Stereoscope was produced by Kentridge’s unique process of animation. For each film sequence, the artist begins with a single charcoal drawing, which he modifies either by additions or erasures. Each alteration to the drawing is photographed to become one frame of his animated film. The film is therefore the result of thousands of changes to a few drawings. Kentridge’s narratives are grounded in the recent politics of his native South Africa but are also personal works. The work’s protagonist, Soho Eckstein, a pinstripe-suited businessman, is based on the artist’s grandfather but resembles the artist physically. The labor-intensive filmmaking process, visible to the viewer in the finished work, becomes a metaphoric parallel to the deliberate acts of effacement and remembrance that characterize South Africa’s post- apartheid state. In this newest film, Kentridge references the stereoscope, a photographic device that produces the illusion of a three-dimensional image by combining two pictures of a single subject taken from different points of view.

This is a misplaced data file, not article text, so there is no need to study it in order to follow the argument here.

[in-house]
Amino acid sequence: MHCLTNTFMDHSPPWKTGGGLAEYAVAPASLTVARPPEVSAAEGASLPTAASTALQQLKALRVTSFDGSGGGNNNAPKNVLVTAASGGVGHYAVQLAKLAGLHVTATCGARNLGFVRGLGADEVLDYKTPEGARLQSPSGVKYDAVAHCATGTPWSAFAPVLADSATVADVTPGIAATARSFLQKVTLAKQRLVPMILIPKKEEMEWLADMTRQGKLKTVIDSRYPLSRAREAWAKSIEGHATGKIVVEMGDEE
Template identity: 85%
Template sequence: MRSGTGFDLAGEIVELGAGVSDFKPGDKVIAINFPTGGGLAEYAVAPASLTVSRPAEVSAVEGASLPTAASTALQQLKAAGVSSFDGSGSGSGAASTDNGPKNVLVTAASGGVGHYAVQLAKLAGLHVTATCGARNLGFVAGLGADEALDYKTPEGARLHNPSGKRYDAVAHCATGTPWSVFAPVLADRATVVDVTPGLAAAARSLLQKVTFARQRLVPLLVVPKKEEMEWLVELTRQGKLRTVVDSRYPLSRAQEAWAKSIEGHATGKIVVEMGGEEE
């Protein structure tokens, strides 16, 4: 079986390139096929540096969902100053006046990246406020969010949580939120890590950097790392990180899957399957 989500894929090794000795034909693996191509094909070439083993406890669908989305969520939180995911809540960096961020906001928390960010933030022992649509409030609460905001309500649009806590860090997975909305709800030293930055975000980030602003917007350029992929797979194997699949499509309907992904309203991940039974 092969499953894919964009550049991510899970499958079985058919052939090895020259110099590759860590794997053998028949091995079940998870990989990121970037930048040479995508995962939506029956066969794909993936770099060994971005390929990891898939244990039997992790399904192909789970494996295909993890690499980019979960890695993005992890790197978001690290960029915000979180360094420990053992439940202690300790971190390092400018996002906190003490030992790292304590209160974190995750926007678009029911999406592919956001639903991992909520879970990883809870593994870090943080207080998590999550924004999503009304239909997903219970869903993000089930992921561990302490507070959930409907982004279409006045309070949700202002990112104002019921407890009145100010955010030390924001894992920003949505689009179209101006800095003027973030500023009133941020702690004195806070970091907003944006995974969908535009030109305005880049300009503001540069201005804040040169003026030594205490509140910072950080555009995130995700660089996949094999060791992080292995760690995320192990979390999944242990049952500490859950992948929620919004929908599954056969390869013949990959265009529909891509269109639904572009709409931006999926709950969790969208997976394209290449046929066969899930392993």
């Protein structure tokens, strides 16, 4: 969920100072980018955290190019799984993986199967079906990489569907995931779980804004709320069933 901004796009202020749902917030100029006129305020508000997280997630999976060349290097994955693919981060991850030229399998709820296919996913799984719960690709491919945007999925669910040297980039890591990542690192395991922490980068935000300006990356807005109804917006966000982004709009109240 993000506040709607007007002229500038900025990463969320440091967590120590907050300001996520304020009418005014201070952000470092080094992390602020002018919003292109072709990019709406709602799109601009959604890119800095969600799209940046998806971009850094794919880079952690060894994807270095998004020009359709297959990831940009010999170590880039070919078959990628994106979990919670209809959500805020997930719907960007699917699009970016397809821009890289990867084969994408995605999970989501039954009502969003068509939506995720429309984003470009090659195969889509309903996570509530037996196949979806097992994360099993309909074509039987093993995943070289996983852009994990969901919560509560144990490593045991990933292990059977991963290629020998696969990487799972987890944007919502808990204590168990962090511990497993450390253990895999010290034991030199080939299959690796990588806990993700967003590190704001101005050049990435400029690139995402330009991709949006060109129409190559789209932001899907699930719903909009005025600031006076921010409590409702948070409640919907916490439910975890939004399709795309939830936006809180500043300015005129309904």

William Kentridge was born in Johannesburg, South Africa, in 1955. He attended the University of the Witwatersrand, Johannesburg (1973–76), Johannesburg Art Foundation (1976–78), and studied mime and theater at L’École Internationale de Théâtre Jacques Lecoq, Paris (1981–82). Having witnessed first-hand one of the twentieth century’s most contentious struggles—the dissolution of apartheid—Kentridge brings the ambiguity and subtlety of personal experience to public subjects that are most often framed in narrowly defined terms. Using film, drawing, sculpture, animation, and performance, he transmutes sobering political events into powerful poetic allegories. In a now-signature technique, Kentridge photographs his charcoal drawings and paper collages over time, recording scenes as they evolve. Working without a script or storyboard, he plots out each animated film, preserving every addition and erasure. Aware of myriad ways in which we construct the world by looking, Kentridge uses stereoscopic… read more